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Bordentown School -volunteers needed - restoration underway with volunteer electrical contractor John White! A museum on the once thriving black school's cam[us kknown as The Tuskegee of The North is John's Mission.
The Bordentown school, was originally established in 1886 by Rev. W. A. Rice, a minister of the African Methodist Episcopal Church, as a private institution under the name of New Brunswick Technical School. It was later called "The Ironsides Normal School." in honor of Commodore Stewart the benefactor of t Bordentown's Campus, his 350 acre estate .
Reverend Walter A.S. Rice of the African Methodist Episcopal Church in New Brunswick founded the Bordentown School in 1876 as New Brunswick Technical Institute a privately supported educational entity. Reverend Rice’s mission was to educate African American students of both sexes and train them “in such industries as shall enable them to become self-supporting”. The school was founded just five years after the famous Tuskegee Institute in Alabama was formed. It was known as the Tuskegee of The North"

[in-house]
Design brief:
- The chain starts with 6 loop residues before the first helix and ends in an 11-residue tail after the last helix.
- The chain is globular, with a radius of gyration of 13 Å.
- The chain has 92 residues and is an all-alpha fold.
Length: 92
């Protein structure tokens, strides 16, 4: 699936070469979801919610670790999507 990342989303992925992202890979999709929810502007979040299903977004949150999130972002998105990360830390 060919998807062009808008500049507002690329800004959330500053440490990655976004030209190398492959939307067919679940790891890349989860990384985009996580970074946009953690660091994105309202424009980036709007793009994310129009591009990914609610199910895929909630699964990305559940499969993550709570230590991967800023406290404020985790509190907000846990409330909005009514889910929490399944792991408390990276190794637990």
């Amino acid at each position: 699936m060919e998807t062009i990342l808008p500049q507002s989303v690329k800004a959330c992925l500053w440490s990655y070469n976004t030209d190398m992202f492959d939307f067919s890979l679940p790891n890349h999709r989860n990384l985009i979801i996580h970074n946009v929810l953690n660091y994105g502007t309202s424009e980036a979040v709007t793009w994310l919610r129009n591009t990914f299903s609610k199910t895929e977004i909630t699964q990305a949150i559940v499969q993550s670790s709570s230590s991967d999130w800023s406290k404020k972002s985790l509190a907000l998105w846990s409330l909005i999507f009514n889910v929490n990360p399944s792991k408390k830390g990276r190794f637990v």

The school relocated to Bordentown City in 1886, where it was shrewdly renamed and incorporated as the New Jersey Manual Training and Industrial School for Colored Youth. The name change from Technical Institute to Manual Training was an insult to the founders and it was the beginning of the propaganda campaign against black educational institutions, as a continuation of slave labor. The donor of the property, Commander Stewart, the oldest enlistee in the Civil War and an Irish activist demanded in his will that his property be used for training purposes- the State of New Jersey believes they meet the requirements, insofar as they offer training courses to their detainees.
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